'Die Walküre' starts off with a category 5 hurricane, very fast and brutal, riveting. Resnik and Vinay are exciting as Sieglinde and Siegmund. He is a little histrionic at first, very much in the Otello mould, but he settles down and becomes a very macho guy who has fallen in love and is willing to die for her. Rough tough and a heart of gold. Josef Greindl's Hunding sounds like a catch to me, but his fate says otherwise. His voice is dark, masculine and virile. Resnik is famous for her scream as Klytemnestra in Solti's unsurpassed recording of Strauss's Elektra, and here she shows her screaming talent as a soprano in Act 2 when Hunding kills Siegmund. It is cathartic and totally believable and also hair-raising because it is unexpected that a she should take such a risk with her voice. Best scream ever for any Sieglinde in my listening experience!
Act 3 begins with a fast Ride and a ginned up group of valkyries. Well, they usually are ginned up but these girls also take vocal risks not commonly encountered in this famous octet for women. Will we ever get over Birgit Nilsson? Doubtful. Poor Varnay and Mödl and everyone else who has sung Brünnhilde, and sung it well, are always compared to the great Swede, which I think is entirely unfair, and lazy criticism. Nilsson wasn't the perfect Wagnerian soprano. She could often be just too hard and monochromatic to listen to over a long period of time. Varnay is marvelous for Krauss, as she was for Knappertsbusch, Keilberth and Kempe. She cuts through the orchestra just as effectively as Nilsson but with a fuller rounded tone and much more feminine vulnerability than Nilsson could ever hope to muster, great as she was. Krauss' incandescent conducting surges through inexorably to Wotan's Abschied, delivered with consummate authority and emotional depth by Hans Hotter. He doesn't quite reach the devastating level he does with Keilberth in 1954, not part of the Testament Ring cycle but a stand alone Walküre, and the greatest of them all, but his mastery of the words and his depth of emotional connection to them far surpasses most other protagonists in this great role.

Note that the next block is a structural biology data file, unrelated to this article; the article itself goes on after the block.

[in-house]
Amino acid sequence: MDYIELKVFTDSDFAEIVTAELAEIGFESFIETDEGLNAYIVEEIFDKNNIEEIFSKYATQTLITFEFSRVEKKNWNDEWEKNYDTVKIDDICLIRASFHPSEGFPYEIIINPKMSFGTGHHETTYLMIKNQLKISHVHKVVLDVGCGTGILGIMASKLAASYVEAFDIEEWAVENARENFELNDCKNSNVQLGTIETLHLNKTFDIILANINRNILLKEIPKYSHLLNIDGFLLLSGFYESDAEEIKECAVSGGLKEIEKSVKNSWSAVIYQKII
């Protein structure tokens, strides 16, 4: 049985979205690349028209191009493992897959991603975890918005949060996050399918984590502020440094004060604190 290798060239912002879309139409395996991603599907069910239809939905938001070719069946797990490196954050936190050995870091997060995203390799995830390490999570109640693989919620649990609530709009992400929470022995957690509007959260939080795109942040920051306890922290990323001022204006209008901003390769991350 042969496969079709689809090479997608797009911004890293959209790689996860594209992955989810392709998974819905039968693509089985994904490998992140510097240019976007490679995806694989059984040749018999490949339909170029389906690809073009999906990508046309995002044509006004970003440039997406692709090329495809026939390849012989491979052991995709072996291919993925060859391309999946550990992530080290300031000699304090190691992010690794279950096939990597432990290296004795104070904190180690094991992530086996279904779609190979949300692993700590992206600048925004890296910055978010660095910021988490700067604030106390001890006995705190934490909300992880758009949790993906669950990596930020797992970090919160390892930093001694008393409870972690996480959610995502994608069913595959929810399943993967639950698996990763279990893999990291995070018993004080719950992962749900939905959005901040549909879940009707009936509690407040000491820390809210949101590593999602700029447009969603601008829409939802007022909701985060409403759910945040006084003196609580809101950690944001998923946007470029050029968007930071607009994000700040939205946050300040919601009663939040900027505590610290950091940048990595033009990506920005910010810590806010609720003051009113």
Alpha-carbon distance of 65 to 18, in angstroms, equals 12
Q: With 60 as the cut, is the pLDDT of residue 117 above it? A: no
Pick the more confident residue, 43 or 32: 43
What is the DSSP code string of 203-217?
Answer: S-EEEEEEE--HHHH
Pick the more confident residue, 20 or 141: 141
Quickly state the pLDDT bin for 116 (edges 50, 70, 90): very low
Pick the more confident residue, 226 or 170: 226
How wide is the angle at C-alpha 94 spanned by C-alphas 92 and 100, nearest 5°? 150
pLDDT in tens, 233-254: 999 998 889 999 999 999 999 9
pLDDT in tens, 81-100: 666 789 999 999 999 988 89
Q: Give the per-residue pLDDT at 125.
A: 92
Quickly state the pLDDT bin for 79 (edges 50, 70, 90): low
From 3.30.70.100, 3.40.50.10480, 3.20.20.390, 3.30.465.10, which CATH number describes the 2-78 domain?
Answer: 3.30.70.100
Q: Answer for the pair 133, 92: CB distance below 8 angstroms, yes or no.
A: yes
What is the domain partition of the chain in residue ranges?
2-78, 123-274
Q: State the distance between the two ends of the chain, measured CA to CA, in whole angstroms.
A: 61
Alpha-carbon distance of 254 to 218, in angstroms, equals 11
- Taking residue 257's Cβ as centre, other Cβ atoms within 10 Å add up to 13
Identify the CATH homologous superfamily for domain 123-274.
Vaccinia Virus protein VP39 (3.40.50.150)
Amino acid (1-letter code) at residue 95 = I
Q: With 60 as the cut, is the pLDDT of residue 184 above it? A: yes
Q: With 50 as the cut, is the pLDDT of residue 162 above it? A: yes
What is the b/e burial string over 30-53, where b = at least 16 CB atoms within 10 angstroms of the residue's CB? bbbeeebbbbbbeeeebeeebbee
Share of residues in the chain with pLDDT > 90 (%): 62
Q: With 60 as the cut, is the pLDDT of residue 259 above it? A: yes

'Siegfried' is often the most successful opera in otherwise variable cycles. I think this has to do with the famous first act forging scene, the last act love duet, and most importantly, the magnificent Act 2. The only caveat about Act 2 is the unfortunate section where Siegfried attempts to fashion a bird call out of a 'reed', you know, the silly, almost embarrassing English Horn honking and squawking bit. It always falls flat and I think it is the one part of the entire cycle that the master might have benefited this opera by rethinking. Perhaps he was already hot to compose 'Tristan und Isolde' and his genius was not fully attentive to this opera at the time. Act 2 of Siegfried is perhaps the single greatest act of any of the Ring operas, but for that bit of vaudeville schtick with the stick. Quaint 19th century German humor I suppose, but it is the only music in Wagner's 10 major operas that sounds... well... stupid. Fortunately it is of very short duration.
Clemens Krauss is magnificent in his traversal of this opera. He has perhaps the greatest cast that will ever be recorded in it. I hope I am wrong but I'm over 60 and I know better than to expect anything better. At the beginning Wolfgang Windgassen's Siegfried is rhythmically all over the place but pulls himself together by the end of the act and turns in a classic performance of this monumentally difficult role. This problem in Act 1 is not unusual for other Siegfrieds either, in that they get ahead of the beat while wielding the mallets in the forging scene. Disaster is averted time and again in this recording by the cool professionalism of both Windgassen and Krauss.